Lenten Reflection - Mark 6:13-29 by Kat Duck
“14 King Herod heard about this, for Jesus’ name had become well known. Some were saying, “John the Baptist has been raised from the dead, and that is why miraculous powers are at work in him.” 15 Others said, “He is Elijah.” And still others claimed, “He is a prophet, like one of the prophets of long ago.” 16 But when Herod heard this, he said, “John, whom I beheaded, has been raised from the dead!” 17 For Herod himself had given orders to have John arrested, and he had him bound and put in prison. He did this because of Herodias, his brother Philip’s wife, whom he had married.18 For John had been saying to Herod, “It is not lawful for you to have your brother’s wife.”19 So Herodias nursed a grudge against John and wanted to kill him. But she was not able to, 20 because Herod feared John and protected him, knowing him to be a righteous and holy man. When Herod heard John, he was greatly puzzled; yet he liked to listen to him. 21 Finally the opportune time came. On his birthday Herod gave a banquet for his high officials and military commanders and the leading men of Galilee. 22 When the daughter of Herodias came in and danced, she pleased Herod and his dinner guests. The king said to the girl, “Ask me for anything you want, and I’ll give it to you.” 23 And he promised her with an oath, “Whatever you ask I will give you, up to half my kingdom.” 24 She went out and said to her mother, “What shall I ask for?” “The head of John the Baptist,” she answered. 25 At once the girl hurried in to the king with the request: “I want you to give me right now the head of John the Baptist on a platter.” 26 The king was greatly distressed, but because of his oaths and his dinner guests, he did not want to refuse her. 27 So he immediately sent an executioner with orders to bring John’s head. The man went, beheaded John in the prison, 28 and brought back his head on a platter. He presented it to the girl, and she gave it to her mother. 29 On hearing of this, John’s disciples came and took his body and laid it in a tomb.” Mark 6:13-29
It seems that fear is driving Herod as he looks back on the death of John. I think Herod did what he did not want to do (sound familiar?) because he felt beholden to his family and his guests. Rather than look weak in their eyes, he has John killed and then, when he finds out Jesus is casting out demons and curing the sick, he becomes sick with worry that it is really John raised from the dead and not a man called Jesus doing all these miracles.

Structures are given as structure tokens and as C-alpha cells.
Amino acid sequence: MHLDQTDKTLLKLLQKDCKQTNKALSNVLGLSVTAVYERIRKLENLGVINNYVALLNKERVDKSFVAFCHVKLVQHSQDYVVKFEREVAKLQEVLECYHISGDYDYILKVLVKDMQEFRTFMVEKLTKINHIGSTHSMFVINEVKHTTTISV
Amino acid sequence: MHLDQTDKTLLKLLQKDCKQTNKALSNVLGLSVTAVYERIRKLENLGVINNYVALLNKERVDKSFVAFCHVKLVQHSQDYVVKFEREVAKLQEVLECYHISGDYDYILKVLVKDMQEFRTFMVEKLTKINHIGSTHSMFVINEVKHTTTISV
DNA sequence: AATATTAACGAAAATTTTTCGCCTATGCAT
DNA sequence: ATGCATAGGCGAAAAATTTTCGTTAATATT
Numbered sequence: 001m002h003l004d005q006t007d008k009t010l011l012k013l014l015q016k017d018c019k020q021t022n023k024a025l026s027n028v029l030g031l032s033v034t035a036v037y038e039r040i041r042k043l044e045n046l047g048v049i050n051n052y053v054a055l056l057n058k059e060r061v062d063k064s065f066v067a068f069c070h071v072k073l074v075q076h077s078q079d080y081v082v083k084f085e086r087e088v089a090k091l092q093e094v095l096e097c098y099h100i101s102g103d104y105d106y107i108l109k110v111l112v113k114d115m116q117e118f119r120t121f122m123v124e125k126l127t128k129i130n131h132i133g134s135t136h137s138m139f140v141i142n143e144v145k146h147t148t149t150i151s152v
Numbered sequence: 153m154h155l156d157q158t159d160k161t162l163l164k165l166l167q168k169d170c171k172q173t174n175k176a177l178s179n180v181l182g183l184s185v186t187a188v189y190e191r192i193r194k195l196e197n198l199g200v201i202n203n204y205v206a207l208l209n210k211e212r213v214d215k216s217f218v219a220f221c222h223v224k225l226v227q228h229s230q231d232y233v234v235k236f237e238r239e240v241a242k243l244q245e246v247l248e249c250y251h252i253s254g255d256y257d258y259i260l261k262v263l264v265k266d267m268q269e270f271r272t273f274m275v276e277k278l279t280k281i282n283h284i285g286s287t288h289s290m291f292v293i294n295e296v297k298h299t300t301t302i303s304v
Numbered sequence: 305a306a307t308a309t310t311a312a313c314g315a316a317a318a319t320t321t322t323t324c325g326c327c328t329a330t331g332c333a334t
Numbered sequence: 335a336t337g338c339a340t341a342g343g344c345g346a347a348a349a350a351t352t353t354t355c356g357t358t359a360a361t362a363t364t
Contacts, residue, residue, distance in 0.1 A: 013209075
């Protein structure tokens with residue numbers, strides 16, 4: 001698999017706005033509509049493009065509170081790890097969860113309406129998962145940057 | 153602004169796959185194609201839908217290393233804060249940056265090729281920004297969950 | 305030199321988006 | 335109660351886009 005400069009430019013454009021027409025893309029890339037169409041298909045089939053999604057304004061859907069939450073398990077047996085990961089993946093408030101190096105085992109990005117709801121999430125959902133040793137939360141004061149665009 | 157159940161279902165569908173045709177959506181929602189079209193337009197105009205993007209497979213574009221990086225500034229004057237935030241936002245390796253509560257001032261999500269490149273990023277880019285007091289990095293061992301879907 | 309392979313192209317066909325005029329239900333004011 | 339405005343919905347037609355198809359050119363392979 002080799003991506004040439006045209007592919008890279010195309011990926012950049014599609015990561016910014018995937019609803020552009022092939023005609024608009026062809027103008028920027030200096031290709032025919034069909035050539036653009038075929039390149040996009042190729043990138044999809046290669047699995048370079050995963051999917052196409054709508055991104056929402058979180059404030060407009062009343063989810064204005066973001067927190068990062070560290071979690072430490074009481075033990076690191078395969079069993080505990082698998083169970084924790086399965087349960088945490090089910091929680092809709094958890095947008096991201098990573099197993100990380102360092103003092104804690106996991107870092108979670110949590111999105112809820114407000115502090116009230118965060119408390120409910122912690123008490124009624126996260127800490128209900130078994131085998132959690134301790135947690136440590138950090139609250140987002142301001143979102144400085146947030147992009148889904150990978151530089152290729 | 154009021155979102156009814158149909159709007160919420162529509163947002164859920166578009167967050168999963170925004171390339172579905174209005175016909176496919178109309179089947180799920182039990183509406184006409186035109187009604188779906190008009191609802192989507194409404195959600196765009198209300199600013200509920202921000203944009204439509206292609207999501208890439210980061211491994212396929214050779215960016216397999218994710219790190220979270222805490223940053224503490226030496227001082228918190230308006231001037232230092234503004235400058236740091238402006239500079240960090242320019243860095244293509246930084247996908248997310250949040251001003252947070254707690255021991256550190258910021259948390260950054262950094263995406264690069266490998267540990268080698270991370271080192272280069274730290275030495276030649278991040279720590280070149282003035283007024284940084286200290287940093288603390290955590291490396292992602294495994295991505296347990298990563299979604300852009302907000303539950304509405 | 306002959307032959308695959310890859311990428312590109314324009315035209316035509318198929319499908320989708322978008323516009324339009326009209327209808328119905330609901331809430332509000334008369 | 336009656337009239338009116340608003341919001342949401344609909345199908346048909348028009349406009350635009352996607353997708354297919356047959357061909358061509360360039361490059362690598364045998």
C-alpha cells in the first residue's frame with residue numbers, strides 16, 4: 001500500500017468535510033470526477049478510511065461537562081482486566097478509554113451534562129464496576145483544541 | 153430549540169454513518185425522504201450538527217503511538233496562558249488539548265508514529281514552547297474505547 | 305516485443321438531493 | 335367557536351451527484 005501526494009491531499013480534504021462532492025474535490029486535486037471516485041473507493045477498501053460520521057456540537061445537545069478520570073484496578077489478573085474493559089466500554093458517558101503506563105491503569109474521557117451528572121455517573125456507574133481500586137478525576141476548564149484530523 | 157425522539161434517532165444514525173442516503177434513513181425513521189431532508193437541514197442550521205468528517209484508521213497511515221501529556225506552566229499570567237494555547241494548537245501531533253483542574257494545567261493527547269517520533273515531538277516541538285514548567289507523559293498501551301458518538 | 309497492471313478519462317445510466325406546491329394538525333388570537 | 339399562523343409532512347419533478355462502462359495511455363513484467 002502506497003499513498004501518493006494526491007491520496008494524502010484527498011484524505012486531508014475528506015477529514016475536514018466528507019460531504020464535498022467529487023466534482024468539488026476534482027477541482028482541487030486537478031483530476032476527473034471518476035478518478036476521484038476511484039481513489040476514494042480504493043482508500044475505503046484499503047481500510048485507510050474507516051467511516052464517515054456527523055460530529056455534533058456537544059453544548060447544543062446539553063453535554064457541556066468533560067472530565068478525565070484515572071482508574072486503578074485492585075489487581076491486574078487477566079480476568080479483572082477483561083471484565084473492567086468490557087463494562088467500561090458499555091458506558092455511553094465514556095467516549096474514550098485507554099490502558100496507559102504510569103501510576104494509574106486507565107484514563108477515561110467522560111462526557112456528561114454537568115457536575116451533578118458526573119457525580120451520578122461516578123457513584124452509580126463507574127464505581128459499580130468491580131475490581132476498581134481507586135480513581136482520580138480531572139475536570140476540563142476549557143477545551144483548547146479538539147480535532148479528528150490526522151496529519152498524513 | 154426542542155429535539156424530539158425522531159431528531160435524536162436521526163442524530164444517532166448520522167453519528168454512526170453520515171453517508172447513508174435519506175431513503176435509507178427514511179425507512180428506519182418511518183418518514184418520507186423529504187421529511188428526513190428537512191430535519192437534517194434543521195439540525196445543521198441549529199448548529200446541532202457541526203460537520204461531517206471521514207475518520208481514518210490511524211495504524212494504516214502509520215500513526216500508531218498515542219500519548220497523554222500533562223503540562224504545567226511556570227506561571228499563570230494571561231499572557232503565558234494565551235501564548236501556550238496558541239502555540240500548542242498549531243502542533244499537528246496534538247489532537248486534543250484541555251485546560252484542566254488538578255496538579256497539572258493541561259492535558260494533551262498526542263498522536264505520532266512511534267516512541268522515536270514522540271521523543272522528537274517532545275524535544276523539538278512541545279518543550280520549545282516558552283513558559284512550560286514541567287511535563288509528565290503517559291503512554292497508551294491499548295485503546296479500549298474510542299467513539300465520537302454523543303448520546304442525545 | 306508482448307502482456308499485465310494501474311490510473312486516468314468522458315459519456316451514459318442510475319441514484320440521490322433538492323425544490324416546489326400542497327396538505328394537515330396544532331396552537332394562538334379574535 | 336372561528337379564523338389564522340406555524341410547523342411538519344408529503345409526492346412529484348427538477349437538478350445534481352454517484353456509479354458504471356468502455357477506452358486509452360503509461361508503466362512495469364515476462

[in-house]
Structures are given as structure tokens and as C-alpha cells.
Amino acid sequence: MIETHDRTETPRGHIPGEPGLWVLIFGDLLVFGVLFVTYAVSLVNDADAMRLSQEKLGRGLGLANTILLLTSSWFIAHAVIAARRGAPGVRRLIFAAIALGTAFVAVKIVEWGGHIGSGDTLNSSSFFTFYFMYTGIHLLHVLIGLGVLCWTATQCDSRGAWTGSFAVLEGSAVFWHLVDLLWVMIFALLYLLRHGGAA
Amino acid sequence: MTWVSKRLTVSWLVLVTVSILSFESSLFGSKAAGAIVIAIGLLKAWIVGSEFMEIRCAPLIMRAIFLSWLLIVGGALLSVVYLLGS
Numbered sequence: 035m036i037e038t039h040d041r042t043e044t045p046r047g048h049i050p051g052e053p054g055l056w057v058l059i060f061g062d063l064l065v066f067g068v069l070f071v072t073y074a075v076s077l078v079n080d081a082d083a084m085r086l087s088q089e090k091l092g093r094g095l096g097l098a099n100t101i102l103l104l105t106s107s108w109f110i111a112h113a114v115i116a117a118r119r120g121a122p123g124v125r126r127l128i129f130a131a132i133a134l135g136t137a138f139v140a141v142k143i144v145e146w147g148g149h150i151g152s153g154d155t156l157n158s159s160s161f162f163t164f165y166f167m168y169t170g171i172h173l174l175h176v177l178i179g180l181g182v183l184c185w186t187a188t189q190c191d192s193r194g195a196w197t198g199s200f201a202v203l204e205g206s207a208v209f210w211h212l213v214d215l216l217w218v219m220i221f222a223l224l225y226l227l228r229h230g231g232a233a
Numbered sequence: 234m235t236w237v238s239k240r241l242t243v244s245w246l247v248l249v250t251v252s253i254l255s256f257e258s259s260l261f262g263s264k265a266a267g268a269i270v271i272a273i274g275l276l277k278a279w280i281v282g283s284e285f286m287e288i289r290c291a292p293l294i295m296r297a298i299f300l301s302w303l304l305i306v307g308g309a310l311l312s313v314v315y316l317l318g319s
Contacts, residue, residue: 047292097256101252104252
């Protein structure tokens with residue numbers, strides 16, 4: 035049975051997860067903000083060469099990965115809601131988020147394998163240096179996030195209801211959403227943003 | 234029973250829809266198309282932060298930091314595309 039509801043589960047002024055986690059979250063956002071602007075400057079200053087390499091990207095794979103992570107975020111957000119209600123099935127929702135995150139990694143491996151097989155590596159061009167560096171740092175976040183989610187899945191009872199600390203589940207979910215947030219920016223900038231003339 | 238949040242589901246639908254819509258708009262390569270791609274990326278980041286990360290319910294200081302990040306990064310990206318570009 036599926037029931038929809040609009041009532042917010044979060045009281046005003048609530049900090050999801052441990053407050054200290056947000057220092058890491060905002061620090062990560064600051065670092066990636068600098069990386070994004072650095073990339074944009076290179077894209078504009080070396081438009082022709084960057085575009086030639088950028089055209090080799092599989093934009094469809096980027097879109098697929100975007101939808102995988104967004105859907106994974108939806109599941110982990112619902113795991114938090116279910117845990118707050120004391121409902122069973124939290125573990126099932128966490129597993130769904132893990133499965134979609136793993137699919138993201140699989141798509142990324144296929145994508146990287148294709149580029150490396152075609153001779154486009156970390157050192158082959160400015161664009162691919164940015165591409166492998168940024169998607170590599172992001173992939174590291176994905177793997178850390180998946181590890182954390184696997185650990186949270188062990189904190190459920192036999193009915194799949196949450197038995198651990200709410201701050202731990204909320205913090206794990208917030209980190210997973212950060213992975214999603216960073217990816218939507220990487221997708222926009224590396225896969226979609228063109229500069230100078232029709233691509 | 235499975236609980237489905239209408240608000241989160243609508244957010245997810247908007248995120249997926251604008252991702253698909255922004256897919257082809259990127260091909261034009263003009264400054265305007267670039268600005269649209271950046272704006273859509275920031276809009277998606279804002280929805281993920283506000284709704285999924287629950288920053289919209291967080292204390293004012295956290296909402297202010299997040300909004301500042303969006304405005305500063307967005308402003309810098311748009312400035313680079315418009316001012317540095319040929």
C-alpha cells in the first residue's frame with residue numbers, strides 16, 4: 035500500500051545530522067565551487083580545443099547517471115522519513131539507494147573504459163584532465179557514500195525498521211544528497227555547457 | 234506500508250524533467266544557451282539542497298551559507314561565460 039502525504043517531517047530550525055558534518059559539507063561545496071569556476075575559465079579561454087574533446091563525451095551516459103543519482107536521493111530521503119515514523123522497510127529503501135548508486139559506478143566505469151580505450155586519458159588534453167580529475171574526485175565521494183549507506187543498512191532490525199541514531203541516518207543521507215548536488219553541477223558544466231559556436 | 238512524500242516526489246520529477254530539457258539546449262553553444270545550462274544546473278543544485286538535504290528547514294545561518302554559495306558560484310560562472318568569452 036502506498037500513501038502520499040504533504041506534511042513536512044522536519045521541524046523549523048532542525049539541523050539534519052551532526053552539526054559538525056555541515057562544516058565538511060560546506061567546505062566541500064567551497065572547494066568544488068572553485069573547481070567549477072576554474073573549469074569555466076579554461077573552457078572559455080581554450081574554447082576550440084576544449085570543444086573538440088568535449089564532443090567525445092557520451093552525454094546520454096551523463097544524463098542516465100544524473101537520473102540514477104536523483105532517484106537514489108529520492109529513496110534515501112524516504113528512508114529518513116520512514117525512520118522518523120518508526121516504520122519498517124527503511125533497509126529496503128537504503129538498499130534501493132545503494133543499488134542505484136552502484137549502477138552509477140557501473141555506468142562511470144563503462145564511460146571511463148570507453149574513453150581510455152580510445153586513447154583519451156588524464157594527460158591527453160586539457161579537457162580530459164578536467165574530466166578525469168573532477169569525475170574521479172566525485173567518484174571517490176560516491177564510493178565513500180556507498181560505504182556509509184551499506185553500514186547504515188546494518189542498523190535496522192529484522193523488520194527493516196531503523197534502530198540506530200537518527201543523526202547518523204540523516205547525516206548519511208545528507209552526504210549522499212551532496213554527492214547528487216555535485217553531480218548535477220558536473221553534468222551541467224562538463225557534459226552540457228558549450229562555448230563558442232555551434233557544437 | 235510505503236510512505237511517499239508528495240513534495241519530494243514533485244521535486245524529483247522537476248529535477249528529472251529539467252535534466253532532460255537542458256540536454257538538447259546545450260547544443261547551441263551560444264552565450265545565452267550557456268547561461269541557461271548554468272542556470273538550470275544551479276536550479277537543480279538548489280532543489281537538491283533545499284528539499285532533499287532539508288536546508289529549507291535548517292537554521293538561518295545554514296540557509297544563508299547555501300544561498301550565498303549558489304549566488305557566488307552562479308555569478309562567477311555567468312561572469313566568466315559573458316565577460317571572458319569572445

Fear is a powerful emotion and one that often causes us to do the wrong thing. I know how the grip of fear can paralyze because it has caused me to do all sorts of really reckless things. When I am in the throes of fear, I will do what I think will relieve the situation at the moment, not thinking of long-term consequences. Without replaying embarrassing and perhaps boring episodes from my own life, I will just say that acting out of fear is not a good way to live.
And, even though Herod’s fears were real (if he was perceived as weak by his constituents there’s no telling what would have happened to him), Herod still reacted to the situation from fear and not rational thought, setting up a scenario later when he thought John had been raised from the dead that scared him even more. The things we do we’re in a bind (or think we are) often come back to bite us later.
The lesson I have learned from this reading is to look at what’s going on, think about it, and act rationally. While this is the ideal way to live and the path we won’t always take, it’s good to look at it as the way we might be wise to follow. How do you react to fearful situations? Do you take time to think and pray about them or just react at once? Think about a new way of living as we work through Lent.